The NZ Super Fund is an example, they do have an appropriate fee budget to manage the Fund, which does not exclude them investing into higher fee investment strategies, e.g. hedge Fund strategies and Private Equity, yet they run a global best practice Responsible Investing approach. It would appear you can have both, appropriate fee level and an industry best practice RI approach.  They certainly believe this will result in better investment outcomes over the longer term and will have more to pay out to the Government from the Fund in the future.

To date they have a good performance record and would not appear to have been negatively impacted from their RI approach, which includes negative screens.

 

The research on exclusions is mixed and varied. Comments to the GoodReturn’s article refer to Cliff Asness from AQR and his blog post on ESG. I have a lot of respect for Asness and read his blog.

My understanding on his position is that negative screening and divesting bad stocks is “actually at odds with the very point of ESG investing”.

Asness argues, if removing “bad/sin” stocks from a portfolio does help, it is an action that should be taken anyway for the sake of higher returns.

Nevertheless, IMO, an ESG framework helps identify those stocks that would fail or underperform due to ESG factors, thus the value of ESG focussed investment approach.

Please note AQR has an ESG policy.

Asness is not arguing against ESG investing, he is arguing against placing constraints on a portfolio, in this context of negative screens.  Too many constraints and a portfolio will underperform in his opinion, not surprising given he is an active manager!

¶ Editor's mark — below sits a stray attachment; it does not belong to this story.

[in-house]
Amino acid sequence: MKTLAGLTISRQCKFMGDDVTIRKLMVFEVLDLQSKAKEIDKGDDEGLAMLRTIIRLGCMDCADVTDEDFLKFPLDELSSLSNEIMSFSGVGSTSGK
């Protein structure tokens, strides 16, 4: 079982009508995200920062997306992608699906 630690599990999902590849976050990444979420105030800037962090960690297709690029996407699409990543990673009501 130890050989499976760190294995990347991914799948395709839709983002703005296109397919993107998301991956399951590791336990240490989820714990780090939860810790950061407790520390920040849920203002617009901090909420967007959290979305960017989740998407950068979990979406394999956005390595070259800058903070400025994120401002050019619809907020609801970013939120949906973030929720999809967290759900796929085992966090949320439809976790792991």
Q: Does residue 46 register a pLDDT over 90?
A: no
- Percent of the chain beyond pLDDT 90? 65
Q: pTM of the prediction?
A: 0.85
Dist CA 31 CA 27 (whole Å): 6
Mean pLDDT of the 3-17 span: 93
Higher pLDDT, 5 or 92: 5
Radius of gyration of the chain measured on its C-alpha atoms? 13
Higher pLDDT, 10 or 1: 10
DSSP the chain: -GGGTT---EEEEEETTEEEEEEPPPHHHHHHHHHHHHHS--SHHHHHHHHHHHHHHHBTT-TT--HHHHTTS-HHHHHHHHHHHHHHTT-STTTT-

Interesting, Asness contends that the desired outcome from negative screening will lower the level of investment returns achieved by the sin stocks given their cost of capital will rise. Thus the “Virtuous” negative screening investor will achieve their desired outcome: less investment within the sin/bad sectors by those companies. Asness argues that the Virtuous investor will achieve this but incur lower levels of returns themselves. The price of being Virtuous.

Not to pick an argument with Asness, as I’d surely lose, those companies that focus on managing ESG risks may have a lower cost of capital relative to their industry peers, and therefore make higher returns on investments. Thus positive ESG screening results in higher returns, the additional benefits of incorporating ESG considerations into the investment process. I’d certainly see this playing out in the resource sector.

 

Interestingly the recently released RIAA annual benchmark report noted “a lack of awareness and advice among retail investors…., and… Financial advisers…. (but the) truth is in some pockets of the advisor community, they’ve been slow to understand what this is all about and often somewhat dismissive about clients’ interests in ethical and responsible investing. There are a lot of deeply entrenched myths that still pervade that space, ……………… there’s still a perception that there’s a performance cost, this latest research shows responsible investment funds have performed consistently over time. ”

RIAA saw “ESG integration as having a positive impact on performance and the historical question marks that hung over the relative performance of responsible investment funds were starting to lift.’